Have you been getting endless calls from a mysterious number? When you finally pick up, it’s a representative from a company called Portfolio Recovery Associates. They insist you owe a debt from years ago that you know nothing about. The calls keep coming at all hours of the day and night. You feel frustrated and powerless.
If this scenario sounds familiar, you’re not alone. Let’s walk through what’s happening and how you can protect yourself. This guide will cover:
- Who is Portfolio Recovery Associates?
- Why they are suddenly calling you
- Whether you actually owe the debt
- How to get the calls to stop
- Your rights against harassment
- If PRA is a legitimate collector
- Steps to take control of the situation
Arm yourself with knowledge and take action against unwarranted debt collection practices. You have rights!
Who is Portfolio Recovery Associates?
Portfolio Recovery Associates (PRA) is one of the largest debt buyers and collectors in the United States. Their business model involves buying old, unpaid debts from banks and other creditors for pennies on the dollar. These can include credit card debts, medical bills, personal loans, and more.
PRA then makes money by collecting on those debts. As you can imagine, they pursue collections aggressively. In fact, the company has faced thousands of lawsuits over the years accusing them of harassment and illegal practices.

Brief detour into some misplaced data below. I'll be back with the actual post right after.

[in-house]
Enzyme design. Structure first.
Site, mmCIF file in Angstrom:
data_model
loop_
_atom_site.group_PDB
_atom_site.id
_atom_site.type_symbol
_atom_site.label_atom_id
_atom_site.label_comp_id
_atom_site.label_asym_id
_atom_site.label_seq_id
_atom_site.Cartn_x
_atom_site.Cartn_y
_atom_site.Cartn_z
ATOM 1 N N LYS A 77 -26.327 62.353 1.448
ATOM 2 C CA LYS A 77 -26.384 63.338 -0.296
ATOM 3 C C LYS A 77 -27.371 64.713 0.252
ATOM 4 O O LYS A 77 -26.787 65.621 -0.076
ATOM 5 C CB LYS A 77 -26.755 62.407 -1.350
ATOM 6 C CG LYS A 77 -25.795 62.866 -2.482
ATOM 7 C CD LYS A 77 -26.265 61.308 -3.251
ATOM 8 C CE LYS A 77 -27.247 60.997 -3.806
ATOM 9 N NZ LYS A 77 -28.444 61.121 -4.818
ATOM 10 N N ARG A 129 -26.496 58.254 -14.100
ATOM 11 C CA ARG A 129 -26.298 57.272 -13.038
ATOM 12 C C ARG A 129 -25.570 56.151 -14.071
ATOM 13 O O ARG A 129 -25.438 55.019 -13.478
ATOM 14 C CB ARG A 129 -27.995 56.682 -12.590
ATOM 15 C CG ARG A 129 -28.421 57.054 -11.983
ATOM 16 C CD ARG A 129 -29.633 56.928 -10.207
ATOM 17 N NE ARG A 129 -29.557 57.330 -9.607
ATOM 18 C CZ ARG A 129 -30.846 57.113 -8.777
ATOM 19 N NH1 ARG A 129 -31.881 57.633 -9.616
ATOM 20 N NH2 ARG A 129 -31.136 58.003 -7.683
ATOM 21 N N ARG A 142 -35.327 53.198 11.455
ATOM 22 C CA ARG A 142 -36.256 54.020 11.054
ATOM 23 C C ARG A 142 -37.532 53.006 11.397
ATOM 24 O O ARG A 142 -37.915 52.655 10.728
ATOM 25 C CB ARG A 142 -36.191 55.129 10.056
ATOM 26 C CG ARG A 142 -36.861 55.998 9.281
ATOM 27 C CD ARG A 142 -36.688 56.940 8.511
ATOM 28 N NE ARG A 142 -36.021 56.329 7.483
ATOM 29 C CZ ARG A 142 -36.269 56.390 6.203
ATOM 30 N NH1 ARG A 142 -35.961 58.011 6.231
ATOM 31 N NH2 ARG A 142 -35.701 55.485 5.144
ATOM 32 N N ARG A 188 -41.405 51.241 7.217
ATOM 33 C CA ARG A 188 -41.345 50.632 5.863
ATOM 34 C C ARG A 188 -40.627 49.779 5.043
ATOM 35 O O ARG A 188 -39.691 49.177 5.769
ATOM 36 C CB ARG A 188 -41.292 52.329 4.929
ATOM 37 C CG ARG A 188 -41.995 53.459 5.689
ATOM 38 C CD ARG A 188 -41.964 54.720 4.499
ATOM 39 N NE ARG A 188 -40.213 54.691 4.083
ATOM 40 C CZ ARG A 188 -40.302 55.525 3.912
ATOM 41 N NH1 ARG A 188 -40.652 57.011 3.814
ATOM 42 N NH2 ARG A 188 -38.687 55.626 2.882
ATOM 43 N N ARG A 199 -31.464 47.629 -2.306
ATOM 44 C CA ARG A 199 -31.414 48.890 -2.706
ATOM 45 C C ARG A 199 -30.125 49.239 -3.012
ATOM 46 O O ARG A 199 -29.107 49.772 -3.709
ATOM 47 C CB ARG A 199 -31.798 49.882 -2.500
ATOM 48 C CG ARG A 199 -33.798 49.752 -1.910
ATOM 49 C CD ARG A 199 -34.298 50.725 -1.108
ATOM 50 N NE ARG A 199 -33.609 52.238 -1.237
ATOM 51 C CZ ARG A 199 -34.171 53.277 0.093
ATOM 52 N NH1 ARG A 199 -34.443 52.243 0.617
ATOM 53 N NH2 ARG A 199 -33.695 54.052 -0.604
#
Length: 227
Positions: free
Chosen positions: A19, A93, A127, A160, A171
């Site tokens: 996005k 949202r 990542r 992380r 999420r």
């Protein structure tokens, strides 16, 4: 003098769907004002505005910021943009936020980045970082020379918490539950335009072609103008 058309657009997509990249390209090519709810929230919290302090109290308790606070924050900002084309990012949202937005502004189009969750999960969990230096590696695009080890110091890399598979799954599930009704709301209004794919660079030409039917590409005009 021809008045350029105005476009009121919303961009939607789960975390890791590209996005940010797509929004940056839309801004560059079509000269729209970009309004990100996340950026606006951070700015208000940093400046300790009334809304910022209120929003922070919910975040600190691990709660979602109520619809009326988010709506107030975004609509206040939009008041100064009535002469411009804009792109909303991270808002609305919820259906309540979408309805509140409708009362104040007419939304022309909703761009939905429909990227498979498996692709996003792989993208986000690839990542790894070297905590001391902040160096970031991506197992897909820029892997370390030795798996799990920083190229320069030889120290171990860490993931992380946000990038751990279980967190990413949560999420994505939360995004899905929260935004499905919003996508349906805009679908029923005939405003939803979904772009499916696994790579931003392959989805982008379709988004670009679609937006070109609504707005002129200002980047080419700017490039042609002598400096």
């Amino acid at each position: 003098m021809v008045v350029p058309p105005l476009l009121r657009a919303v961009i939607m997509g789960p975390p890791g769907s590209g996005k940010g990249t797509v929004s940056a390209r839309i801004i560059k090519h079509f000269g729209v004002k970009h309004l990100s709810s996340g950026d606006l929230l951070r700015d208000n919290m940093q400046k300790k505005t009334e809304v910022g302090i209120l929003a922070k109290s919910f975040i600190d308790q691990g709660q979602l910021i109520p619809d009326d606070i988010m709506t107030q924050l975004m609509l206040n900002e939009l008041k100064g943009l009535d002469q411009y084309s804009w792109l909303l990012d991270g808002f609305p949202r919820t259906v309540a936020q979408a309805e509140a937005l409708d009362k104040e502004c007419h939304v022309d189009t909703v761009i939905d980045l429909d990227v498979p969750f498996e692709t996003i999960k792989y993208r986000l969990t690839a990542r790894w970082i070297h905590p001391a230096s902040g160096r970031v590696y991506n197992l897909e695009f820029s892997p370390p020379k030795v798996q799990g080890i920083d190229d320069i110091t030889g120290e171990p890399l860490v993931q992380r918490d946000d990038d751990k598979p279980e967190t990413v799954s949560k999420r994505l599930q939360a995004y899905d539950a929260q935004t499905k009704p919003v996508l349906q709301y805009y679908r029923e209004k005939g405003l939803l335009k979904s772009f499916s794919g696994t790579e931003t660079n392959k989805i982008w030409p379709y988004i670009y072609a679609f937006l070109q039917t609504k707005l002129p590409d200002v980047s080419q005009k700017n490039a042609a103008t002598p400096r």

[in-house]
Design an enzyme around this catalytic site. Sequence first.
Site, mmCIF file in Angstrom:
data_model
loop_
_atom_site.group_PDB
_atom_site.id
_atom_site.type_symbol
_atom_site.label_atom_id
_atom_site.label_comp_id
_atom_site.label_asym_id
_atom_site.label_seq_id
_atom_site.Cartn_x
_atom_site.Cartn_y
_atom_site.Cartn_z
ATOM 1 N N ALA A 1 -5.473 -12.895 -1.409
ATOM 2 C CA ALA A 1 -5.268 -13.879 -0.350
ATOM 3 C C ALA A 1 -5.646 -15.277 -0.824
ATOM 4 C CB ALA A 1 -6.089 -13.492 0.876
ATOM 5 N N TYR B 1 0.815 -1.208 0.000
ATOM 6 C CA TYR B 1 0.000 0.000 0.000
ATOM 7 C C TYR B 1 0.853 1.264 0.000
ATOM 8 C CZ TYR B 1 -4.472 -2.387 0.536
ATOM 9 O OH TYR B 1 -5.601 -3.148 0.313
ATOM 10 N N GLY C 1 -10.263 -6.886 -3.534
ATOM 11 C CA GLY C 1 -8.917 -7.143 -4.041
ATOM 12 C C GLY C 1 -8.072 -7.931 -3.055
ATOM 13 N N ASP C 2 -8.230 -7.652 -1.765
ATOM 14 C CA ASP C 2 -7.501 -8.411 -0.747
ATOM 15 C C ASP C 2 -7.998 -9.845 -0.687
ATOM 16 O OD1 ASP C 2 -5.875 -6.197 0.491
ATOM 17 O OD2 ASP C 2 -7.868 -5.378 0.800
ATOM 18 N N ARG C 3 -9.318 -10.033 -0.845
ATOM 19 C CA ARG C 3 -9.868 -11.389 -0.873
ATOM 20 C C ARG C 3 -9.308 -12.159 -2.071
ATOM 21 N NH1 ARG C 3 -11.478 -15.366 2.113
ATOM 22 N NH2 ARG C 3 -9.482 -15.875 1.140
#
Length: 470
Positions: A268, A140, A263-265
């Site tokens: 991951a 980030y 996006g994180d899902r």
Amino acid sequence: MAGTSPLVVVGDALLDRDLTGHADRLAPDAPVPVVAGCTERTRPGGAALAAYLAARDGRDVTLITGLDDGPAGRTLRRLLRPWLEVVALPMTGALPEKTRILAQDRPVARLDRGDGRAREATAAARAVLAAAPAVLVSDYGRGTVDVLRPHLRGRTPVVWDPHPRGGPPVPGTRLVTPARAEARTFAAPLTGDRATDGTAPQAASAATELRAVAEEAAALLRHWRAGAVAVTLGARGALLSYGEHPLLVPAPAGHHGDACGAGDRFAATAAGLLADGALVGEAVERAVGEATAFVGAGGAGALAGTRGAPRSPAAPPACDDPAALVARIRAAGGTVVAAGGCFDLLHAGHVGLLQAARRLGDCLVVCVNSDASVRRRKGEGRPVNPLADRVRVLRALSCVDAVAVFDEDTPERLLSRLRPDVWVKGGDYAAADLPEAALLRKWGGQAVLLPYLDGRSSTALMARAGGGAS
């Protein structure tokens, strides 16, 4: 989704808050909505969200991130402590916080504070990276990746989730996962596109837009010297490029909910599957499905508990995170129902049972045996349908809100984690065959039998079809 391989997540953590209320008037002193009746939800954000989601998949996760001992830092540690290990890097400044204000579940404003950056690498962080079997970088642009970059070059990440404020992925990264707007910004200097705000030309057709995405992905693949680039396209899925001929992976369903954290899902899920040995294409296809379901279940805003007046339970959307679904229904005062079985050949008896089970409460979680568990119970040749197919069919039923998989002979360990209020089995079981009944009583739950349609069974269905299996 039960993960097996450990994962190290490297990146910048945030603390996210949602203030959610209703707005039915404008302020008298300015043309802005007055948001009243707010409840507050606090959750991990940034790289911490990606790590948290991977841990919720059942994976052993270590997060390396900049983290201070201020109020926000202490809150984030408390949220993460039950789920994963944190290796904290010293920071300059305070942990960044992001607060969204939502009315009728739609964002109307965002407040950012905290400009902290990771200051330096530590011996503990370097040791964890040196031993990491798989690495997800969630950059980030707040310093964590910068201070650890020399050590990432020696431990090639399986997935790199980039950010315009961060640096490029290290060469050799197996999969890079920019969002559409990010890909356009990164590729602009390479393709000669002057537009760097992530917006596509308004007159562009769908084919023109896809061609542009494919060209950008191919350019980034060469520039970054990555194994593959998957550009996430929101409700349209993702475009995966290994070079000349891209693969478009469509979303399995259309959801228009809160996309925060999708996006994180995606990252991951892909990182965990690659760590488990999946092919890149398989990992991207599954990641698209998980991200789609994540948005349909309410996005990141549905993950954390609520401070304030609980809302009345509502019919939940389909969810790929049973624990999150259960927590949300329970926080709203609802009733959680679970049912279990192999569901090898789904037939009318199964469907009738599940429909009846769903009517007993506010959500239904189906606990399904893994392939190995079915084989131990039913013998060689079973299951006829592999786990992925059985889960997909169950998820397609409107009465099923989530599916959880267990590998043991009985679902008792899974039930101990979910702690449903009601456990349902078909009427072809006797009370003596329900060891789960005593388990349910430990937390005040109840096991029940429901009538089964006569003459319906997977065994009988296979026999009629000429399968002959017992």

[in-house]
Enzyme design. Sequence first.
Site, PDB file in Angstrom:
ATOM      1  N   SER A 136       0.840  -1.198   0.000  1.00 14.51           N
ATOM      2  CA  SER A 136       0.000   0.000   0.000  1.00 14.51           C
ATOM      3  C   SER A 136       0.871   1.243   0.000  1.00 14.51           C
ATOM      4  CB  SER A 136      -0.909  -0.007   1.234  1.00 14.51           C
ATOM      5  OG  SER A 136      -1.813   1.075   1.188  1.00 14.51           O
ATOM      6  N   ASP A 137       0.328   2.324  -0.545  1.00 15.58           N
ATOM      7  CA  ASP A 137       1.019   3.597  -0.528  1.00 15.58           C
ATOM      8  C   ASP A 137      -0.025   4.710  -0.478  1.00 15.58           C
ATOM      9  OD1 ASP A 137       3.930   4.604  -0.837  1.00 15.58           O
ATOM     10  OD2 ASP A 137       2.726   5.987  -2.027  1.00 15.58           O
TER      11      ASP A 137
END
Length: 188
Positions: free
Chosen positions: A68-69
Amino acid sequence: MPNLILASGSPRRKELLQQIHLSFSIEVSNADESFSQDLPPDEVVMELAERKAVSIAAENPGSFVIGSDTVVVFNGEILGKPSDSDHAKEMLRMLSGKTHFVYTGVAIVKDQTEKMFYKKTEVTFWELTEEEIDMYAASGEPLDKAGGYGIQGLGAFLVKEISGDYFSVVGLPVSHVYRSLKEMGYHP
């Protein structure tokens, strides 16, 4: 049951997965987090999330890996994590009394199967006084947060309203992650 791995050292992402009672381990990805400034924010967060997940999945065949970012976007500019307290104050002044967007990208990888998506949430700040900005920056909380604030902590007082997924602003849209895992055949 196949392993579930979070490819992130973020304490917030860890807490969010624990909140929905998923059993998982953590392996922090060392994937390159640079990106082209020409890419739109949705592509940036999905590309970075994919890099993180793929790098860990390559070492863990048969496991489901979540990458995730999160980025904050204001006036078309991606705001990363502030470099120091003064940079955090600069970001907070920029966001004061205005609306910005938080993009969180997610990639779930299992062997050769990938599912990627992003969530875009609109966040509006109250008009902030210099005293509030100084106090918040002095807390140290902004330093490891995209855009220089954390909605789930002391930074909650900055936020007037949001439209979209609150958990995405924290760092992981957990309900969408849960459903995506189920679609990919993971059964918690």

When PRA calls, it means they likely purchased your old debt from a creditor and are now attempting to collect on it for profit. This could be many years after you originally incurred the debt!
Why Is Portfolio Recovery Calling Me?
If you find yourself on the receiving end of repeated PRA calls lately, you may be wondering why they suddenly decided to target you.
In short, PRA believes you owe a debt that they now own the rights to collect on. Here’s a quick overview of how the debt buying/collecting process typically works:
- You default on a debt like a credit card, medical bill, etc.
- The original creditor charges it off after attempts to collect fail.
- The creditor sells the debt for pennies on the dollar to a debt buyer like PRA.